Tuesday, February 9, 2010

Ricky Gervais + Elmo= Funny.

Want definitive proof of Ricky Gervais' genius? He makes Elmo funny. And here's a bonus behind the scenes clip. When does the podcast cartoon begin again?

Monday, February 8, 2010

Super Bowl Stuff

Well, that was pretty good, wasn't it? I don't think it will go down as an all-time classic, but it delivered what we expected: two elite offenses moving the ball at will. It was a bit of a weird game, because there weren't a lot of big plays, just long methodical drives. I think both teams punted once apiece... no, I remember the Colts punting twice. Whatever. A defensive clinic it wasn't, which made the end all the more amazing.

I haven't checked yet to see who the MVP was, but it's Brees, right? I mean, who else could it be? He was dominant. As I posted here a few days ago, I've always liked Brees, and I don't think the Chargers are criticized enough for giving up on him after one bad year, then letting him walk after he rebounded. And now he's a Super Bowl champion, and they are still getting upset at home by lesser opponents.

Of course, the thing we'll all be talking about from this game is Sean Payton's two gutsy calls, one of them boneheaded and the other brilliant. I thought going for it on 4th down from the one was a pretty lousy decision. I'm all for aggressiveness, but you have to be smart. In that situation, you need points on the board if you want to stay in the game. And I know he's thinking that he needs a touchdown to stay in the game, but he really didn't. Not yet. But without points, if Indy scores again (and there was no reason to think they wouldn't), then you need touchdowns. Sometimes it's better to play it safe.

Of course, Indy took him off the hook by giving the Saints the ball right back, with enough time that they got the field goal anyway. Hell, maybe it worked out better, because Manning never got a realistic chance to add points at the end of the half. Sometimes it's better to be lucky then smart.

And then there's the onside kick. How awesome was that? Phil Simms had just got done saying that teams often like to defer (meaning that, if they win the coin toss, they choose to take the kickoff in the second half rather then the first; which, by the way, I would do almost every single time were I a football coach) just so they don't have Manning coming out of the locker room with the ball, and then bam! The ultimate ballsy call. I loved it. And it totally changed the game. The Saints go down the field and score, and the Colts defense looked like it never recovered.

But the Saints defense wasn't much better. It really looked like this was going to be a game that comes down to the last possession... until Manning throws a pretty lousy interception, which is returned for a touchdown. And the game might not be over (there were still over two minutes to play), but it sure got a lot more difficult for the Colts. I don't know if Manning's expected Reggie Wayne, or if it was just that lousy a pass. I know the Saints were blitzing, but it didn't look to me like that effected Manning all that much. But I was glad to hear Simms admit that he was wrong in saying before the play that the Saints shouldn't blitz. All damn season I've heard Simms say gutless things like that, and he's almost always wrong. It's very simple: you can't win football games if you don't pressure the quarterback, and by and large you can't pressure the quarterback if you don't blitz. It doesn't matter if you have seven, eight guys back in coverage, a good quarterback will still pick them apart, if given time.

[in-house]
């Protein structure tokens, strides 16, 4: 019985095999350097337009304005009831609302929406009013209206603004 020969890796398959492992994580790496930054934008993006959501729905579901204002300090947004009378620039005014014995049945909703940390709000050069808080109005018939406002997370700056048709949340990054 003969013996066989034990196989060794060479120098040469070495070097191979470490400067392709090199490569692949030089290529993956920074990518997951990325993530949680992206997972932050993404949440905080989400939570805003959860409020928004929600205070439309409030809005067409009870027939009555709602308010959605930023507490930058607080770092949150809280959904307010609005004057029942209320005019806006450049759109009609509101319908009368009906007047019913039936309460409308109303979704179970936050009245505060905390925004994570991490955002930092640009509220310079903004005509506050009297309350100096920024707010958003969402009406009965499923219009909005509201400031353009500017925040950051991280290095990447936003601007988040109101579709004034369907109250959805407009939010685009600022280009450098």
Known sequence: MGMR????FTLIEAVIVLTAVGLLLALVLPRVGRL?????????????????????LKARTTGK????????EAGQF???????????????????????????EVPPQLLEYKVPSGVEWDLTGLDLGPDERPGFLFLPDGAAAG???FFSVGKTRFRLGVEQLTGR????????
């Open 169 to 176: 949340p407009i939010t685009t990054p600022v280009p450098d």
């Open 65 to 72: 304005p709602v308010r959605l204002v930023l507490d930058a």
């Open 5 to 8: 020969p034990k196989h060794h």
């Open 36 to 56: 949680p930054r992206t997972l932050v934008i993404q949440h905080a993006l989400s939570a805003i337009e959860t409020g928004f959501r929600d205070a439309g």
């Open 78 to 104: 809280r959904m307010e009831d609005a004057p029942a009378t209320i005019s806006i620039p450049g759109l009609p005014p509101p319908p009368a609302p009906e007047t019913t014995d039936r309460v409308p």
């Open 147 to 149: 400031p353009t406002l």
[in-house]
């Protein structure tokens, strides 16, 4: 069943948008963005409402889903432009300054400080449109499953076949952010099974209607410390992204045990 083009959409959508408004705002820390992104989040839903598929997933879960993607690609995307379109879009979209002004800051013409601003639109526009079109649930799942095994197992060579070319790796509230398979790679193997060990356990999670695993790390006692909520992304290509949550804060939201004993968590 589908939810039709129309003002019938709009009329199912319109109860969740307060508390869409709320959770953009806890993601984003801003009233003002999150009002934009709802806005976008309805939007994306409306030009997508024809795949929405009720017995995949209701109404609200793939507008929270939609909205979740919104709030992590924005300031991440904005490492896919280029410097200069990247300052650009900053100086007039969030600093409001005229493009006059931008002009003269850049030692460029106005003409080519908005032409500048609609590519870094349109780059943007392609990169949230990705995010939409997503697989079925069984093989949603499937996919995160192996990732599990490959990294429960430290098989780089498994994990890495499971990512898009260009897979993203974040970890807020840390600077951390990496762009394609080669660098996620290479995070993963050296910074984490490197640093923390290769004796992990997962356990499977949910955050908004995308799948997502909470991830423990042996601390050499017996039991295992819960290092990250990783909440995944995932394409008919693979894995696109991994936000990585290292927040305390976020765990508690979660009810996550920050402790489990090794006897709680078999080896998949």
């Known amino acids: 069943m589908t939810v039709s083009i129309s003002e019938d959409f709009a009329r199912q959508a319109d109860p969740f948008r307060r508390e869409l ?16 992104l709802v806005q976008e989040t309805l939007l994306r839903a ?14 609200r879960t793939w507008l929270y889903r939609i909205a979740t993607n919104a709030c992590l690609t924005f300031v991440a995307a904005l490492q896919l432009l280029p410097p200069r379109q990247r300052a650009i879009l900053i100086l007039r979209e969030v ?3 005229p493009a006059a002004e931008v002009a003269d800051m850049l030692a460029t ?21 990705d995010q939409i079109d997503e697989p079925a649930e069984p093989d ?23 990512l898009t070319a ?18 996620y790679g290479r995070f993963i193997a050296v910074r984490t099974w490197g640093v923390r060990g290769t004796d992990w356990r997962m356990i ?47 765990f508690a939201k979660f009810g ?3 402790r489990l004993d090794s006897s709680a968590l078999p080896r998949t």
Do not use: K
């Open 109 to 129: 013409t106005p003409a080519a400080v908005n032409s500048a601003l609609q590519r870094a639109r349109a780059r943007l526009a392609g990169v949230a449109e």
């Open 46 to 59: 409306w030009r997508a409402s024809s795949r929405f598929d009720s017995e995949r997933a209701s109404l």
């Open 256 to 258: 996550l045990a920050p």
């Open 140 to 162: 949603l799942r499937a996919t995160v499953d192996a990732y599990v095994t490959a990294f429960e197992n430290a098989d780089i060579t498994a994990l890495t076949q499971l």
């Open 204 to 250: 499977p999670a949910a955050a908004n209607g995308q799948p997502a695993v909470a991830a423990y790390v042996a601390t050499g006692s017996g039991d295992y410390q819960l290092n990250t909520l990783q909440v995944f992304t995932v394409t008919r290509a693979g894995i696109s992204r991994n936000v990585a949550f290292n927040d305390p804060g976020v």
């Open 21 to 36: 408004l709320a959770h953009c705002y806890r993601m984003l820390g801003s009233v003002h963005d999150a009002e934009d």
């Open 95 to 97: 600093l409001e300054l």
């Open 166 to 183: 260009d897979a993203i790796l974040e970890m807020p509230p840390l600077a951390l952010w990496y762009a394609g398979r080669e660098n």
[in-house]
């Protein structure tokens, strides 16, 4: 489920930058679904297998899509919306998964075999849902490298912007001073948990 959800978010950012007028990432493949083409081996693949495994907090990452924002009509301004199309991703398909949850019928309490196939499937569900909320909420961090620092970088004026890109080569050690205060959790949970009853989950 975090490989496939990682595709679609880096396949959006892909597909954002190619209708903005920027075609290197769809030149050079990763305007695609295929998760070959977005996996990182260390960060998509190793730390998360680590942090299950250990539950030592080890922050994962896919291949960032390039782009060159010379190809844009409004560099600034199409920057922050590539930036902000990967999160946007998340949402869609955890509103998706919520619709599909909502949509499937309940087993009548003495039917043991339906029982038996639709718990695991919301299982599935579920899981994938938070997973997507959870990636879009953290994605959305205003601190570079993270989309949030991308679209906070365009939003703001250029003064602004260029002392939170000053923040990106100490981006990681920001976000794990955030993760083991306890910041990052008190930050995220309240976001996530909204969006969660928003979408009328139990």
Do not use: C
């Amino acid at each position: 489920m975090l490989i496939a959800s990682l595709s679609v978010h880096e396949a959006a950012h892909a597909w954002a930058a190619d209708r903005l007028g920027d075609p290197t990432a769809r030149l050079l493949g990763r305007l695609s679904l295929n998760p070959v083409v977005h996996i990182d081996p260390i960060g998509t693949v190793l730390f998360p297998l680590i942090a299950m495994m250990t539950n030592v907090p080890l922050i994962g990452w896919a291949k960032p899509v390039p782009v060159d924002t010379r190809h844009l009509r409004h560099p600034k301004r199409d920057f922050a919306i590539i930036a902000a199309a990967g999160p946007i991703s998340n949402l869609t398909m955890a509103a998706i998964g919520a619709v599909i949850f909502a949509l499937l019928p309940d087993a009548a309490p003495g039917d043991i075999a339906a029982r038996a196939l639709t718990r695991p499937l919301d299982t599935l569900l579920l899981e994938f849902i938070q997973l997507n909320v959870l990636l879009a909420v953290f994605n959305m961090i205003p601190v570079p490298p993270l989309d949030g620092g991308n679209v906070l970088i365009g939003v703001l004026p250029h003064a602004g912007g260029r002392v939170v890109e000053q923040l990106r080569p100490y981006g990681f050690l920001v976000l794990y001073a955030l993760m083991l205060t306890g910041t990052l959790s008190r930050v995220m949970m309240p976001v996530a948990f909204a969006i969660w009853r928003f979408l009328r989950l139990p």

Anyway. Even more shocking then the interception, though, was the Saints red zone stand on the next possession. I think we'd all mentally put another touchdown on the board for the Colts, and then they strangest thing happens: they can't score. And the game's over.

And that's that. Simms and Jim Nantz were their usual passable, vanilla selves. I know others think they are a great team, but I find them dull, and myself disagreeing with Simms more then just about any other big time analyst. The Who were just fine. They've been playing the same songs for almost fifty years now, what did you expect? I did wonder, though, if they were requested by CBS to be the halftime entertainment as an extended CSI commercial.

I missed the big Tebow commercial, and most of the others, because I don't watch the Super Bowl commercials any more then I do during any other game. Can we please just dispose of the myth that Super Bowl commercials are somehow better then normal? It's still just the same garbage per break as usual: three beer commercials, two car commercial, a promo for a lousy show, and a wild card. They're still commercials, and they still suck.

The Puppy Bowl was pretty good, though. I can't believe the Chug was the MVP. But the puppies won, so everyone went home happy.

Tuesday, February 2, 2010

There's Too Much to Talk About

There's like four things that I want to write about, but none with any kind of depth, so I'm just going to throw them all together.

1. Hey, the Grammys happened. Everyone wave your little flags for the Grammys. This just reminds me how blissfully ignorant I am about contemporary music these days. I didn't even know that Beyonce had a new album out. Unless they were celebrating I am...Sasha Fierce! I don't know if she writes it with the exclamation point at the end, but it looks like it belongs there, doesn't it? I just love it when pop stars publicly admit to having secret fantasy identities with preposterous names. What is she, eight?

Anyway, I'm sure that everyone that won a Grammy sucks. They always do.

2. Speaking of awards shows, the Oscar noms came out today. Just in time for DVD cover printing season! I don't like this whole "nominating ten movies for best picture" thing. It waters down the whole thing. It's like adding an extra round to the playoffs. Precious: Based on the Novel ‘Push’ by Sapphire is the cinimatic equivilent of the 8-8 team that backs into the playoffs.

To me, the wild card is Inglorious Bastards. Perhaps I'll post more about it later, but I think it's the most frustrating movie to come out in ages. Parts are brilliant. As gripping as anything I've seen on screen. And parts are just no damn good; basically, all the parts that actually feature the Bastards. If you were to sit down with this movie and edit out every scene Brad Pitt's in, it would be a masterpiece, or at least closer to a masterpiece.